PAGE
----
Spielberg has finally delivered his long gestating Lincoln film and while it’s not an all encompassing look at the 16th President’s life, it displays the reason why he is considered one of the greatest Presidents in our Nation’s history.
The film’s focus is mostly on a one month period in our country’s history when Lincoln had to do whatever he had to, to get the 13th Amendment passed through congress, outlawing slavery across the nation. Based partially off the book “Team of Rivals,” the film examines Lincoln and his Chief of Staff’s attempt to rally not only their own party, but a few of the opposing Democrats on the other side. The process isn’t a clean or easy one and Lincoln must keep his cards so close to his chest that even his most trusted individuals can not know what he is holding.
When Lincoln isn’t pulling the strings around The White House he is dealing with those other people in his life around him, the struggles in his family and showing why he is such a magnetic presence everywhere he went. As exciting the arguments in the House of Representatives can get, it’s those smaller moments of Lincoln telling stories and dealing with people one on one that really stand out among the picture. Daniel Day-Lewis is fantastic as always as the President and its one of those turns where you forget you’re watching a performance. He nestles in and shows this human side of the President that you don’t really get to see as Presidents are usually seen as larger than life. The warmth and kindness Day-Lewis gives off is intoxicating at times and is a big part of the film’s secret weapon, its humor.
The film has a wonderful sense of humor and it’s not nearly as serious of a tale as the trailers are making it out to be. This isn’t to say the film doesn’t have powerful moments of drama, it’s full of them, but there is a really fun through line throughout the picture that is perfectly balanced against the emotional stakes that the film is dealing with. This is one of the smallest film’s in Spielberg’s filmography as the proceedings are mostly isolated to only a couple of locations, but the behind the scenes look into the world of politics is as compelling as you could hope for. Spielberg also easily keeps the amazing cast of actors from getting confusing behind all of that facial hair as he and Tony Kushner are able to create a diverse cast of characters for the cast to play in.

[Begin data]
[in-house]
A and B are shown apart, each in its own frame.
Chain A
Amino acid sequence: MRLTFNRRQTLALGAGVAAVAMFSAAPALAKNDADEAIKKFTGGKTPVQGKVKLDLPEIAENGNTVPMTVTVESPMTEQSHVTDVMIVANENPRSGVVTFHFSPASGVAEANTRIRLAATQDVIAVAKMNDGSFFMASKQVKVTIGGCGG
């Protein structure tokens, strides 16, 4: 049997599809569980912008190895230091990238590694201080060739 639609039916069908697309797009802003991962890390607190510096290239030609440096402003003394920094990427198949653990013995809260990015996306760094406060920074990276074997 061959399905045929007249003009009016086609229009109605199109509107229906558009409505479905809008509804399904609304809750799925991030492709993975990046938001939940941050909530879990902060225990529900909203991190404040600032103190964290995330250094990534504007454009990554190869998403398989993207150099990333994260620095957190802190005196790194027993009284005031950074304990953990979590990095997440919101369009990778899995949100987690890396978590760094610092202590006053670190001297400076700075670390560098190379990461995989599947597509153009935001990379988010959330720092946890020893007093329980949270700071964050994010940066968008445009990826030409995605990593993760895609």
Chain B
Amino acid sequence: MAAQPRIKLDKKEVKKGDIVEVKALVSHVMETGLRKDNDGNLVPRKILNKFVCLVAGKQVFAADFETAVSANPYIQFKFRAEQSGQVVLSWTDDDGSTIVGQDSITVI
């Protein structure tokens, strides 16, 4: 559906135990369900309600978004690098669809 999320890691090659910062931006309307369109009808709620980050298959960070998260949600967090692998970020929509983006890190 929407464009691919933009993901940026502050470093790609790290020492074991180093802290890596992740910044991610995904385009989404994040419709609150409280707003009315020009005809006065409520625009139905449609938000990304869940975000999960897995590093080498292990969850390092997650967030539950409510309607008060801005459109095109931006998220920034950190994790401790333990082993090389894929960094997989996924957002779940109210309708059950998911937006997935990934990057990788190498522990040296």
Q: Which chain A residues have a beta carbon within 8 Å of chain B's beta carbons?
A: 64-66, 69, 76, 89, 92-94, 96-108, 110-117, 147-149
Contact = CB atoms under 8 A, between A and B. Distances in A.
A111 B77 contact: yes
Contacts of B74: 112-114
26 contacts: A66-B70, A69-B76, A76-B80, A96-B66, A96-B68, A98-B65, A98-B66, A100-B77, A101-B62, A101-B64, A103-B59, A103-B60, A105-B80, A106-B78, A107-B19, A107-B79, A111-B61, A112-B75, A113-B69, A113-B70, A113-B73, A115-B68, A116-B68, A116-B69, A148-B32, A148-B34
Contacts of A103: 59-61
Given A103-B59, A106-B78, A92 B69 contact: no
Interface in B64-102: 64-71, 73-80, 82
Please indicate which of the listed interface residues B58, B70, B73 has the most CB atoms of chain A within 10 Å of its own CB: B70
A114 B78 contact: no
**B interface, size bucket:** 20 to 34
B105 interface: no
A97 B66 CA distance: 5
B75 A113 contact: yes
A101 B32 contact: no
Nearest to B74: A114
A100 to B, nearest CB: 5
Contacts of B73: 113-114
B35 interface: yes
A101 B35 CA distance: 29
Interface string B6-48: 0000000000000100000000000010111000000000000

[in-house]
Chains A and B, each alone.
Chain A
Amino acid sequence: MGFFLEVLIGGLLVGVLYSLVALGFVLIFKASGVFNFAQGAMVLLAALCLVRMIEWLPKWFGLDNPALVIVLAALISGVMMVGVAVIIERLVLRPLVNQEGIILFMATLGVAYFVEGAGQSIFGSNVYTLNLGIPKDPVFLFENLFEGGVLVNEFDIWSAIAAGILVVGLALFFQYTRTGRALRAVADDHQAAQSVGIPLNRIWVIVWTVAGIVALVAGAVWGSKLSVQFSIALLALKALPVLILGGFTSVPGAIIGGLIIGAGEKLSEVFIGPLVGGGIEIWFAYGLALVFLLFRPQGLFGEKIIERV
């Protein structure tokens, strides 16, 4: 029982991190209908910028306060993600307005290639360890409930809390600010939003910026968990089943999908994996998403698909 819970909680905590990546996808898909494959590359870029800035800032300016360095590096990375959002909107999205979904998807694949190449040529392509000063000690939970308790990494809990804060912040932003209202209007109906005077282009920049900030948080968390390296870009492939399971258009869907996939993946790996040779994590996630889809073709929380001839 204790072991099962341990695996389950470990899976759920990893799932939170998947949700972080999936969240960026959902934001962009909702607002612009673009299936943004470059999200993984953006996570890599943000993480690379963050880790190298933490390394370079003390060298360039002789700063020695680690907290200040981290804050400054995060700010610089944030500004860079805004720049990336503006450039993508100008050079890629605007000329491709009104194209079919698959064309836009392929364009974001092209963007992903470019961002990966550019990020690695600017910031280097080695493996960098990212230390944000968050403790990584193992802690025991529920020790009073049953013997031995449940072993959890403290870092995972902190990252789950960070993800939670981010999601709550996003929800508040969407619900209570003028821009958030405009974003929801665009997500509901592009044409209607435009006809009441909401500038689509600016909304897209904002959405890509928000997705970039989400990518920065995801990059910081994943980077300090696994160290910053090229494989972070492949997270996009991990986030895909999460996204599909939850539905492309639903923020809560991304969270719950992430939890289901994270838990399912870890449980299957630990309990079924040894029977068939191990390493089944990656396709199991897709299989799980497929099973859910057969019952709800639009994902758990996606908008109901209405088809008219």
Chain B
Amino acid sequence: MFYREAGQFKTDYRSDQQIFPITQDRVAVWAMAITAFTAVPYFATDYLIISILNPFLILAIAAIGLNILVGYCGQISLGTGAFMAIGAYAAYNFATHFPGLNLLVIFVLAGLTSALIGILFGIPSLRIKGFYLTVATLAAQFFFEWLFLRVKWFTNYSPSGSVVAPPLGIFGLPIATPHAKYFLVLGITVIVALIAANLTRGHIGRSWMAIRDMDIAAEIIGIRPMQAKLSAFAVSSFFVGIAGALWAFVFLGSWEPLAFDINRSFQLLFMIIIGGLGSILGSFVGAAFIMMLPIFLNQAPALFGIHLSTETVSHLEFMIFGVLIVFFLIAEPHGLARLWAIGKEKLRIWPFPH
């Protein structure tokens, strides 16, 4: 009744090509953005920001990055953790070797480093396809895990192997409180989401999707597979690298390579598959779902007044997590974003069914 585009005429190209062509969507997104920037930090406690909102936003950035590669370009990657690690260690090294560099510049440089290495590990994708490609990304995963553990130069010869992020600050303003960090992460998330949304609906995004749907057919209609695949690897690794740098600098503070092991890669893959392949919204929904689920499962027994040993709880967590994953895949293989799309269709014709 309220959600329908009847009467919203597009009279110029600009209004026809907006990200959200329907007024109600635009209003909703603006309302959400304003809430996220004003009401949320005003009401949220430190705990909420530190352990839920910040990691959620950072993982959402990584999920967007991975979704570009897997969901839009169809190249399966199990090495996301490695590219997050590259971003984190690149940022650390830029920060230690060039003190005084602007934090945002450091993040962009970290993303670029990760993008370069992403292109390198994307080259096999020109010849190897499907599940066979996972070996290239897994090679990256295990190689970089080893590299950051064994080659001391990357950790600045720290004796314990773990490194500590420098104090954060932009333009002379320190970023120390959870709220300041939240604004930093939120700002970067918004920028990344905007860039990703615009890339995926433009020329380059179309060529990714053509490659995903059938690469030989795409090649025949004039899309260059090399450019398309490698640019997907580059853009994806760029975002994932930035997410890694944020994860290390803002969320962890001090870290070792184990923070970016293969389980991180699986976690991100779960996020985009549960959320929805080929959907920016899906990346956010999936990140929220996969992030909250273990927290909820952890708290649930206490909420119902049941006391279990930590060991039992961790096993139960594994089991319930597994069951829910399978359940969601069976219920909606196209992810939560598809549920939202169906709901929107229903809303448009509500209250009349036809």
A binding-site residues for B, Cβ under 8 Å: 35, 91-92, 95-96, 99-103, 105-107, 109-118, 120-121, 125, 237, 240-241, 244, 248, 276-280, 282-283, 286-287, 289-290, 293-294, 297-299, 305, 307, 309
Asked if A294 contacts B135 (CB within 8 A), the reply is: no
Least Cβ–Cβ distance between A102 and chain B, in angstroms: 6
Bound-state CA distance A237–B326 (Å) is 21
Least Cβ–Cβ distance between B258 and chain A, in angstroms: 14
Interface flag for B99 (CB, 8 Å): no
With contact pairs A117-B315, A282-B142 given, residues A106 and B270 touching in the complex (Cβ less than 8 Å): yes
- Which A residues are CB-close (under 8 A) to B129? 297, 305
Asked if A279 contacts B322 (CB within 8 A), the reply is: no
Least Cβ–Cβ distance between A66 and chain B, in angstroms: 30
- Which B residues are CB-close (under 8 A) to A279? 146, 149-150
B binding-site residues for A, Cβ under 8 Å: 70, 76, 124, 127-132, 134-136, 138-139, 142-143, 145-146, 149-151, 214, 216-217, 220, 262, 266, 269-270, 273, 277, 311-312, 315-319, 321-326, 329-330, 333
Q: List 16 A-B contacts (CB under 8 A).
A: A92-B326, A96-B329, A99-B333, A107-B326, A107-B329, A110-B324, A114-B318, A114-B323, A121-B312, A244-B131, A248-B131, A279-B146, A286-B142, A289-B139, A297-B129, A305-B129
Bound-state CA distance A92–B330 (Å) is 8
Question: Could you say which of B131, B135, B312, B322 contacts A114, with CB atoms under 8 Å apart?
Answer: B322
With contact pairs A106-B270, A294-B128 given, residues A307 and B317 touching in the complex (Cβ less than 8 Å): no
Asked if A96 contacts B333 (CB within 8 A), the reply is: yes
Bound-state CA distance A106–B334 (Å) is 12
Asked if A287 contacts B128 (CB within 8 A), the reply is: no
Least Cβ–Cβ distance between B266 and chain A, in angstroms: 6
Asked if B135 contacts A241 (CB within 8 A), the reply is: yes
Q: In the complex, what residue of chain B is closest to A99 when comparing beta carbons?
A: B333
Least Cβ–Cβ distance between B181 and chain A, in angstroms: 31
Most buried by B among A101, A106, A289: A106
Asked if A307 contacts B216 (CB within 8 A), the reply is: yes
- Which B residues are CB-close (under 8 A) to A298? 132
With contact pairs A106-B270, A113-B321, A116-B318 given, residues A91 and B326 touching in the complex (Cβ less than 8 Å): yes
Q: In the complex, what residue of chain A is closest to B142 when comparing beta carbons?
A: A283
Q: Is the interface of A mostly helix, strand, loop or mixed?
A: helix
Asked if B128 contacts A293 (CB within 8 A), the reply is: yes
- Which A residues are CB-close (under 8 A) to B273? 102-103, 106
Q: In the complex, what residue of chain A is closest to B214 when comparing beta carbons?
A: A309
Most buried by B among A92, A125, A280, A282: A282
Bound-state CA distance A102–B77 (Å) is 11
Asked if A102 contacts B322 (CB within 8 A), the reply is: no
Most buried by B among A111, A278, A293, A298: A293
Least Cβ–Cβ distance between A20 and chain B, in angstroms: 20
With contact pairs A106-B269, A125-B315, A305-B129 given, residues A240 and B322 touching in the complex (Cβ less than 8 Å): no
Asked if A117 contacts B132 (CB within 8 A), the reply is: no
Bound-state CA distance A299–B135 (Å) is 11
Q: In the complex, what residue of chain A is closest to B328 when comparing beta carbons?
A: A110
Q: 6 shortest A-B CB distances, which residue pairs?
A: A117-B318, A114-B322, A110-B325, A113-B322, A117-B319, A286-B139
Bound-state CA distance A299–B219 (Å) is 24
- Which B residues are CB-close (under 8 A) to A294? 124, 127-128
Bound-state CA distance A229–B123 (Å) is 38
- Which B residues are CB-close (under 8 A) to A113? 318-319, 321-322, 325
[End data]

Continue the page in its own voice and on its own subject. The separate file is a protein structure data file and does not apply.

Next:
And oh what a cast it is. Daniel Day-Lewis is just the tip of the iceberg here as his amazing work is supported by many of the best working actors today. John Hawkes, James Spader and Tim Blake Nelson play a trio of vital roles that bring both comedy and Democratic votes to the film. Tommy Lee Jones, David Costabile and David Strathairn are great as Lincoln’s Republican allies. Jones and Strathairn in particular are two of the films supporting standouts that both have to make sacrifices and feel betrayal at the hands of Lincoln’s goals. Sally Field and Joseph Gordon-Levitt are also great at providing some domestic drama for Day-Lewis to play off of and I almost wish we got a bit more time with these two as I feel like we didn’t really touch base with them enough. There are countless other great character actors in the film as well and you will constantly find yourself saying, “They’re in this movie too?”
Daniel Day-Lewis does stand out above the rest of the cast as Lincoln and his quiet command of the screen is amazing to watch. Even when he gets frustrated Day-Lewis keeps his Lincoln completely in control, but somehow seems like he is breathing fire at the same time. And I can’t overstate those storytelling moments he gets to have a couple times throughout the film. Day-Lewis nails the comedic timing and enraptures the audience both on and watching the screen and I never would have expected Lincoln to have such a sense of humor.
Spielberg’s craft is as sharp as ever and while the scope of the picture is miniscule compared to his entries last year things still look fantastic. I do wish there was more of John Williams score to enjoy, but outside of that there isn’t a lot to complain about. The production is impeccable, the camera inspired and the film moves right along in its two and a half hour run time.
Lincoln is a great portrait of politics and the way one of our greatest Presidents played the game. The film is impeccably acted and Spielberg delivers one of the finest crafted films of the year. Funny, thrilling and full of surprises, Lincoln is bound to entertain and teach you a little history from one of our countries darkest hours. The film is also especially timely and could serve as an excellent lesson for our now second term president Barack Obama and how to handle his Congress in these coming years.
Lincoln is an A-